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Often overshadowed by its more popular brother, tequila, mezcal doesn't usually get a fair shot. Maybe it's the smoky flavor that's polarizing, or the out-of-date association with worms, but it's too bad, since this underrated spirit really makes for some great mixing.
I like to sub it in place of tequila and gin in tons of classic drinks—smoky margaritas are delicious, as are earthy, savory Negronis. But I wanted to share some other cocktails that really help mezcal shine, whether you're a big fan already or just added your first bottle of mezcal to your liquor stash. Here are 5 mezcal drinks that you should really make at home.
All Betts Are Off
Still have doubts about mezcal? Matt Lanning of The Bitter Bar in Boulder, Colorado designed this drink to help introduce guests to the spirit, mixing earthy mezcal with soothing, herbal Yellow Chartreuse and tasty Dolin Blanc Vermouth.
Citrusy and honey sweetened, it has a surprisingly light taste with just a touch of smoky mezcal flavor lingering in the background. Dolin Blanc helps tie together and mellow out the otherwise potent flavor combination.
With a nod to Richard Betts (owner of Sombra Mezcal), the drink's name suggests that it'll rearrange your opinion on the smoky spirit. As Lanning puts it "Think you don't like mezcal? With this one all 'betts' are off."
Basil Cranberry Julep
This variation on the Derby Day classic adds in cranberry and basil for a refreshing yet slightly savory combination. The traditional sugar is swapped out for agave nectar while mezcal serves as the base.
Bring this one to your nose and the scent is all fresh basil, a nice introduction to the flavor combination of tart fruity cranberry and subtle smoke. This is a great entry cocktail for mezcal beginners, and just the thing to refresh you on the first warm day of summer.
I've always wanted to make a drink with mezcal, Cynar, sherry and salt, but have never been able to get it quite right. The key: upgrading from joven mezcal (the equivalent of blanco tequila) to reposado and retooling the ratios a bit. This delicious tobacco-scented treat is a new favorite of mine.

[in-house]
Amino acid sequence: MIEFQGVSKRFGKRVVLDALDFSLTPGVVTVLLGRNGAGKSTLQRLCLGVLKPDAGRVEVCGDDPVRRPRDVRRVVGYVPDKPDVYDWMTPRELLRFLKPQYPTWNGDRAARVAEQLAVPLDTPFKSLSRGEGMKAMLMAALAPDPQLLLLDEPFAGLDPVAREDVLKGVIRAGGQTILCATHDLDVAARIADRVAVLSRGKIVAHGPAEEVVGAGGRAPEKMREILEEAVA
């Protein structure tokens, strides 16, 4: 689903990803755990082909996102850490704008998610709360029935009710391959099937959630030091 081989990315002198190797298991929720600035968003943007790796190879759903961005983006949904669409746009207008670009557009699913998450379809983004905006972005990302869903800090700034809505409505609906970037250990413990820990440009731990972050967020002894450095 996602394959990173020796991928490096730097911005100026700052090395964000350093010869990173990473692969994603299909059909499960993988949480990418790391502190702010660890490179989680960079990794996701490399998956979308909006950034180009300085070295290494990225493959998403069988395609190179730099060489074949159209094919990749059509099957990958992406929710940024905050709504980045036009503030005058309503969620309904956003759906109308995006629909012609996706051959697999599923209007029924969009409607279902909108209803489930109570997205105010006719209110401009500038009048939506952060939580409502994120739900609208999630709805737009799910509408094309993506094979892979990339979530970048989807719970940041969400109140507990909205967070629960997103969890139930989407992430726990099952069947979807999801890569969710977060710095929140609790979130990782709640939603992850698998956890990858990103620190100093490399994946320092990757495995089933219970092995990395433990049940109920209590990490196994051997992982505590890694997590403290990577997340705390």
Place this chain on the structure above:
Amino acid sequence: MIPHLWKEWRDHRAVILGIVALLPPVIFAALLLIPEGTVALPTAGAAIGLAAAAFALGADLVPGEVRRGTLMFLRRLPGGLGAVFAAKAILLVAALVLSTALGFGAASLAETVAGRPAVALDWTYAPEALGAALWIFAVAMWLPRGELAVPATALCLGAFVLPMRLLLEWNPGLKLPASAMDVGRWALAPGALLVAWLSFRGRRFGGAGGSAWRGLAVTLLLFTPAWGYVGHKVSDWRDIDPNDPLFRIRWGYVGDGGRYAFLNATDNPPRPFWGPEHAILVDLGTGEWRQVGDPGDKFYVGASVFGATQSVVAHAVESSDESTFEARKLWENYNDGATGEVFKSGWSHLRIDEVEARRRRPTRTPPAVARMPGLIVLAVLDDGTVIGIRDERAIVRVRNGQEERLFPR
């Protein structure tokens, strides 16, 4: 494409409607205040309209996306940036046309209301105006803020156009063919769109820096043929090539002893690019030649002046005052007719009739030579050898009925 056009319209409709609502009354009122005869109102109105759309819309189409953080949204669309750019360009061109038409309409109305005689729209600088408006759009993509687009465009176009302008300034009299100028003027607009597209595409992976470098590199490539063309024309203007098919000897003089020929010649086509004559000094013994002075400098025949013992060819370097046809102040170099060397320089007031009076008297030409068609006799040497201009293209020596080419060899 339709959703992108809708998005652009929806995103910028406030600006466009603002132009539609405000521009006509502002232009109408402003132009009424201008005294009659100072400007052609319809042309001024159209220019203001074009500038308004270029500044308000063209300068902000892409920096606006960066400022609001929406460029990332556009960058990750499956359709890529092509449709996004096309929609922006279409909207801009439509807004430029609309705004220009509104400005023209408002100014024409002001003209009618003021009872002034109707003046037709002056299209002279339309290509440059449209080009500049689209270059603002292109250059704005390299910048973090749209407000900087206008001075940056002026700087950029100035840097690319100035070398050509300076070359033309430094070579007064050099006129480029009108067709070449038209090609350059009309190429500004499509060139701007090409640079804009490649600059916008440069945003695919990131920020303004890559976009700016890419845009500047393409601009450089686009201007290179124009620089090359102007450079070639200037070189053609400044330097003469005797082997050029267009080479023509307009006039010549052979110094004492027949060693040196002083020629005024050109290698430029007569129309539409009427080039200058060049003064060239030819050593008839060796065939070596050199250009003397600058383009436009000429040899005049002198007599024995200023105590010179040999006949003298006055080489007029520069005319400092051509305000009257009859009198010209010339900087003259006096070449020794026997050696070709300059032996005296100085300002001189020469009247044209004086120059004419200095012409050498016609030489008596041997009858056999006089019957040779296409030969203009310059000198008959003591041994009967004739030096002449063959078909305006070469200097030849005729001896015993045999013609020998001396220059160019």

It smells incredible, like a well stocked humidor, all wood smoke, leather, and a hint of citrus. The body is light, yet the flavor is rich and almost meaty, slightly salty, with a hint of anise.
Last of the Oaxacans
This cocktail is a perfect example of how smoky mezcal can take the flavor of a classic drink to the next level. Essentially a Last Word with mezcal instead of gin, this muscular drink is further improved by shaking with a slice of serrano pepper in with your ice. Alternatively, you could use a spicy bitters such as The Bitter End Thai Bitters, or skip the spice altogether if it's not your thing.
Fresh, peppery, and citrus scented, this drink has layers of spice that meld surprisingly well into the delicious combination of Chartreuse, lime, and maraschino liqueur.
Smoky mezcal gets extra richness in this frothy drink, created for Mercadito in Chicago by Tad Carducci of Tippling Bros. The smoky flavor is underlined with ginger liqueur and chili powder, and softened with St. Germain. Averna brings in a touch of caramel and bitterness to seal the deal. Sound like a wacky combination? I promise, it's one worth trying, especially if you find yourself gravitating toward gingery cocktails.
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